How many of these did you miss?

These changes to the laws didn’t catch the headlines but might still have an impact on your weekly club game. Steve Carroll guides you through

You all went mad for the changes to Stableford penalties, restrictions on standing behind your partner, and what to do if your ball hits an insect on the putting green.

But while they were some of the key headlines contained in the new 2023 Rules of Golf, which came into force on January 1, they weren’t the only alterations.

The R&A and USGA announced more than 40 ‘outcome changes’ between the 2019 and 2023 rules and not all of them will have immediately caught the eye.

That’s not to say, though, that they won’t have an impact on the weekly games you play at your clubs.

So let’s take a peek at five other new features in the rules that are worth knowing as you go into the New Year…

Making a stroke at an incorrectly substituted ball

You used to get the general penalty (two shots in stroke play and loss of hole in match play) for this blunder of Rule 6.3b. That penalty has now been reduced to one stroke.

You can’t put any objects down to show the line of play

Other than the putting green, it was OK to set an object down to show the line of play – if it was removed before making the stroke.

That’s now prohibited in Rule 10.2b (1) and (2). Regardless of the area of ​​the course, a player “is not allowed to set an object down to show the line of play”.

You’ll get the general penalty – two shots or loss of hole in match play – if you do.

Cleaning a ball

You knew you could clean a ball that was lifted under a rule and from the putting green. You knew you could always clean a ball if it was lifted from anywhere else unless when it was done to see if it was cut or cracked, to identify it (cleaned only as needed to do so), because it interfered with play, or to see if it was in a condition where relief was allowed.

The old Rule 14.1c said a player who lifted a cleaned ball when not allowed got one penalty stroke.

But some sharp minds out there posed this question: Could you clean a ball that wasn’t lifted?

Rules chiefs decided it wasn’t clear enough whether that resulted in a penalty, and under what rule.

So they’ve slightly rewritten 14.1c to say “if the player cleans the ball when not allowed under this Rule, they get one penalty stroke and must replace the ball if it was lifted”.

Protection of young trees

Most clubs use the Model Local Rule that aims to protect young trees from damage. It allows committees to make them No Play Zones and compel players to take relief using Rule 16.1f.

That’s still in place in a new Local Rule, which also gives committees the option of marking a collection of trees as either a No Play Zone or choosing to define young trees as an abnormal course condition.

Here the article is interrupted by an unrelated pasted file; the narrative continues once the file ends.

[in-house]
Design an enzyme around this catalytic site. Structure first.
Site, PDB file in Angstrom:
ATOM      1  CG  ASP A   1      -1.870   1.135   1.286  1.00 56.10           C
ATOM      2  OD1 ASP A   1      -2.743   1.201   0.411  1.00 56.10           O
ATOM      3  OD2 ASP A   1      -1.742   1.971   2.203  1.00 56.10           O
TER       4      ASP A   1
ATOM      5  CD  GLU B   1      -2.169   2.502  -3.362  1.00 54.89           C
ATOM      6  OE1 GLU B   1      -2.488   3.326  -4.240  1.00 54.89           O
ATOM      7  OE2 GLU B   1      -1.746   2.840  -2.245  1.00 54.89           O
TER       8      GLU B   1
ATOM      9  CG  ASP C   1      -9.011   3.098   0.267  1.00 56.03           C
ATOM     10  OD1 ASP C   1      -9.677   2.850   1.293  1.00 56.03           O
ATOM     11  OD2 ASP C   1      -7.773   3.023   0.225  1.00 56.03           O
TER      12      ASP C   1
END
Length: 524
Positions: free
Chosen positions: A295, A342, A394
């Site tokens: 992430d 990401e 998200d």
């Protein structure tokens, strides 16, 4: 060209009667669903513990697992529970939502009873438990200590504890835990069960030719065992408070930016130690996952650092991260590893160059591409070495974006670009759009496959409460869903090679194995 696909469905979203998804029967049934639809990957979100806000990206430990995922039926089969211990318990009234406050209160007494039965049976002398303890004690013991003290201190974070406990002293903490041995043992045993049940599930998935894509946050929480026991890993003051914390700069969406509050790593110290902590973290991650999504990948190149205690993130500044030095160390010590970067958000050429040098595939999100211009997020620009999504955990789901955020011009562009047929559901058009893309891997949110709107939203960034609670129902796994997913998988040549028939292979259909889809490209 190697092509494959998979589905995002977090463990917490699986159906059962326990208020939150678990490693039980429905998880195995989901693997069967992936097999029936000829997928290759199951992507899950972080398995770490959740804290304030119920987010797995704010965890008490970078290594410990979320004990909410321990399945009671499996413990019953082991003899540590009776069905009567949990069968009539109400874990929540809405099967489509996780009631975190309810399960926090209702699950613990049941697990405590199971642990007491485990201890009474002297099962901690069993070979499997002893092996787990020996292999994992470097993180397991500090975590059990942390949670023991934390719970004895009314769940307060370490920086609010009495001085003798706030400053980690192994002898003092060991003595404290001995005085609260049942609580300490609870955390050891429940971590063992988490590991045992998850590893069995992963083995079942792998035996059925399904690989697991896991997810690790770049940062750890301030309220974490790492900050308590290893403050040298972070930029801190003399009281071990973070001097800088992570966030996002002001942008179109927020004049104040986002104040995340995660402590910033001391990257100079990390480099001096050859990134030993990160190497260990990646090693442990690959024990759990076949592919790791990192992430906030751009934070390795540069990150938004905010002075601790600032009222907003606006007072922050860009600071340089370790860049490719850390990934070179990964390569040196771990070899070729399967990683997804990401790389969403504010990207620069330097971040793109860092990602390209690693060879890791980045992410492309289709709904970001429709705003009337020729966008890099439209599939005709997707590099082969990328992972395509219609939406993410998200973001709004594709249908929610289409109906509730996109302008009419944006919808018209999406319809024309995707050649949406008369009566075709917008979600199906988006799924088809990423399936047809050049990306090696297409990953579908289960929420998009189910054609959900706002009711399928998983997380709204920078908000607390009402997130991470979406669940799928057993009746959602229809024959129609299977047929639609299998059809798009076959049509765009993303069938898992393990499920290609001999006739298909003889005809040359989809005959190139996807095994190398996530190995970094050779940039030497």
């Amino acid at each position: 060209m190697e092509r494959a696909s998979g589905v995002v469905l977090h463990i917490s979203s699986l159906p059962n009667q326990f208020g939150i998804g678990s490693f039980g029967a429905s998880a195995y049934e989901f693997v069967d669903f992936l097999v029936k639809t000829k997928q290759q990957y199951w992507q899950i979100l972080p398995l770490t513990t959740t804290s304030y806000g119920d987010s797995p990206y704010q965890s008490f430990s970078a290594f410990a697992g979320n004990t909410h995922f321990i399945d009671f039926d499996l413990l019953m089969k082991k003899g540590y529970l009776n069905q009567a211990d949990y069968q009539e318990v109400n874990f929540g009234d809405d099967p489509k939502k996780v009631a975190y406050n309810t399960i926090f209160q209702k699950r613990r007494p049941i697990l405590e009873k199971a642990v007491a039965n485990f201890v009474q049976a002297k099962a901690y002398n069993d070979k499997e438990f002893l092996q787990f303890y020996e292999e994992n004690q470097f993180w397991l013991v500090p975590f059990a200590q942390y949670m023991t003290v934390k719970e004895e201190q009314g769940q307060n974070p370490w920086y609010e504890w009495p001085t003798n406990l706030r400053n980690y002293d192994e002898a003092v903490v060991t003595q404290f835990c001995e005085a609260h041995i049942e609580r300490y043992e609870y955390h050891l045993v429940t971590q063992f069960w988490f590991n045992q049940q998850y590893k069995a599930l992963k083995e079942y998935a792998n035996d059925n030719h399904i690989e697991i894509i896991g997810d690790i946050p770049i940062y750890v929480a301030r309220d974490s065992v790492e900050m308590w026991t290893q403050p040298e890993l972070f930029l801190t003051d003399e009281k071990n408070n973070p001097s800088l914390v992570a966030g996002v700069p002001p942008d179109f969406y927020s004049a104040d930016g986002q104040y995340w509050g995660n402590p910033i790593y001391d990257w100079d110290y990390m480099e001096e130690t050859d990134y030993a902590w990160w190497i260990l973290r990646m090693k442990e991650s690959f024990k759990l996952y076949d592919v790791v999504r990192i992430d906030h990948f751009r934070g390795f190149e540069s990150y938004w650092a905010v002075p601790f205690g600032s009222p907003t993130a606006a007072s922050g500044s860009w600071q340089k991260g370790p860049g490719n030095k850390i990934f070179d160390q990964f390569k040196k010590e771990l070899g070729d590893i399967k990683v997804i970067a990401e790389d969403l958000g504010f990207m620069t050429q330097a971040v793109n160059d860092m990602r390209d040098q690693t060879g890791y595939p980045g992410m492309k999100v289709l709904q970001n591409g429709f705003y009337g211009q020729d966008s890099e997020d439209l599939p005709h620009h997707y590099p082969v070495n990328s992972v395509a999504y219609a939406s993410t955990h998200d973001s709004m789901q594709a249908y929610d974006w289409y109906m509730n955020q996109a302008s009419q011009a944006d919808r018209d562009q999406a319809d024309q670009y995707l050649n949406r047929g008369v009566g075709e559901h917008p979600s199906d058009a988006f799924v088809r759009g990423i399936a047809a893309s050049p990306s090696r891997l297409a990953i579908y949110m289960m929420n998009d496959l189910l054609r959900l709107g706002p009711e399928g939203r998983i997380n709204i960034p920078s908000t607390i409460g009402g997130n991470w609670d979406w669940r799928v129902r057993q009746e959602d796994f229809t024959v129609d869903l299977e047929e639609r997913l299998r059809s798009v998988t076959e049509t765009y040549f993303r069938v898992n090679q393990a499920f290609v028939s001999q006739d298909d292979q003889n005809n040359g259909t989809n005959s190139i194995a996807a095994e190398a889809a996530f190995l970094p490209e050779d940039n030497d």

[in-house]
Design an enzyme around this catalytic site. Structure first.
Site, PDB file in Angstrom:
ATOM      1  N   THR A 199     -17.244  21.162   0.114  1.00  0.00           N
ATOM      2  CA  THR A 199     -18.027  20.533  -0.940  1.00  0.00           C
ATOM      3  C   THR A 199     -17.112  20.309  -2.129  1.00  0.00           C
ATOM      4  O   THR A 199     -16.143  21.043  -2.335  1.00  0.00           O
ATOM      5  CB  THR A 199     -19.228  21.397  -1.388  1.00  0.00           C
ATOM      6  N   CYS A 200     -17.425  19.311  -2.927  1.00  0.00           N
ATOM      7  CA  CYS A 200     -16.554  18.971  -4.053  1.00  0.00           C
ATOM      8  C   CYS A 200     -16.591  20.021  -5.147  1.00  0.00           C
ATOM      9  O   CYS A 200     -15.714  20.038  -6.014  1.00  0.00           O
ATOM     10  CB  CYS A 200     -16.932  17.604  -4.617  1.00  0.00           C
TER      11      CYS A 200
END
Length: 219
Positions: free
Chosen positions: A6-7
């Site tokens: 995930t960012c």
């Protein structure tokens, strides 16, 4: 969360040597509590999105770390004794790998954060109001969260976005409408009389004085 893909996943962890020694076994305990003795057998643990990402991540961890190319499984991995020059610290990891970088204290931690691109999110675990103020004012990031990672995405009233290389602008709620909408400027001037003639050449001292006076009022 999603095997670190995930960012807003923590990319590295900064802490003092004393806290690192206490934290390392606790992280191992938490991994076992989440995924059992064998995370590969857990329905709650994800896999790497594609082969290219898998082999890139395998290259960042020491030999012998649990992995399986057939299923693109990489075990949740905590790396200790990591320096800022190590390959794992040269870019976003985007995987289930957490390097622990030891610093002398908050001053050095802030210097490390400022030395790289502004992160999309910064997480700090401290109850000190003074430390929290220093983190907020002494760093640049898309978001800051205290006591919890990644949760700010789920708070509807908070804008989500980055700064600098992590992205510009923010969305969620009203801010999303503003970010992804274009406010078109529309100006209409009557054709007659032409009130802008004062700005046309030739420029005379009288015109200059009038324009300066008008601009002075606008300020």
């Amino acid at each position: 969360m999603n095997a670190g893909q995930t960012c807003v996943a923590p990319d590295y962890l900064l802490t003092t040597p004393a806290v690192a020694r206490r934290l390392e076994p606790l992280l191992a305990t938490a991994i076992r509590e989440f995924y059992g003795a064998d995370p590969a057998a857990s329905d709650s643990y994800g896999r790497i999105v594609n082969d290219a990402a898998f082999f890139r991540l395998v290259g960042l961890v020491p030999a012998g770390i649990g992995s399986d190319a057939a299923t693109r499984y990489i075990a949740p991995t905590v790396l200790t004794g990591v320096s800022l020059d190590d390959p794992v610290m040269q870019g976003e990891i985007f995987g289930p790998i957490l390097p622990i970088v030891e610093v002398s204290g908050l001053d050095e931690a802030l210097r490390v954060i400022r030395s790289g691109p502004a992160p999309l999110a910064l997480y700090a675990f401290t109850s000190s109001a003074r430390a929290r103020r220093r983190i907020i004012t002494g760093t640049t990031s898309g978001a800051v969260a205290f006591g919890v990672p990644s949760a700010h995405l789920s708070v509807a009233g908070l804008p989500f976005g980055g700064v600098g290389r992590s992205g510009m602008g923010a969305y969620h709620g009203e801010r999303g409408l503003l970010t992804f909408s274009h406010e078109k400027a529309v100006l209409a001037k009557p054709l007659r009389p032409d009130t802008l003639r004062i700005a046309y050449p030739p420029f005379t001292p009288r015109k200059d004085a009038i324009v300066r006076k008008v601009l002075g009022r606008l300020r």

What’s the difference, you ask? If such trees are an abnormal course condition, and not a No Play Zone, then you have the choice of whether you want to take relief or not. You are not required to do so and could play ball as it lies.

Think ground under repair. You’d probably take free relief, but you don’t always have to. If your club brings in this change – laid out in Model Local Rule E-10.2 – the power will be in your hands.

Embedded ball relief

Here’s an interesting one coming into the winter. You are only allowed to take embedded ball relief, under Rule 16, when your ball is in the general area.

The reference point for taking relief is the spot right behind where that ball is embedded. All clear so far?

Right, what if that spot is not in the general area? What do you do then? In the 2019 Rules, there was no requirement for that reference point to be in the general area. In an outcomes document revealing the main 2023 changes, the R&A and USGA said that “In some situations, relief is not available if no part of the relief area is in the general area”.

That’s been redefined in a new clarification to the embedded ball rule. It says that the reference point must be in the general area and if the spot right behind the ball is not, you must find the nearest spot (no closer to the hole) which is and use that as the reference point.

The clarification adds that while this spot would normally be very close to behind where the ball is embedded, “it could be some distance away”.

You may think this will never come up, but it’s good knowledge to have as this same procedure also applies when a ball embeds in the wall or face right above a bunker and when a ball is in bounds but “embeds right next to out of bounds “.

What have you made of the 2023 Rules of Golf changes? Let me know with a tweet.

More on the 2023 Rules of Golf update

We’ve painstakingly gone through every update to make sure you have everything you need to know about the biggest changes, from penalties in Stableford, handicaps on scorecards, back-on-the-line relief, and much, much more.

Rules of Golf podcast

Steve Carroll and Tom Irwin sat down to discuss the 2023 updates on the From the Clubhouse podcast.

Listen in the player below, or on your preferred podcast platform.

Subscribe to NCG

Leave a Comment

Your email address will not be published.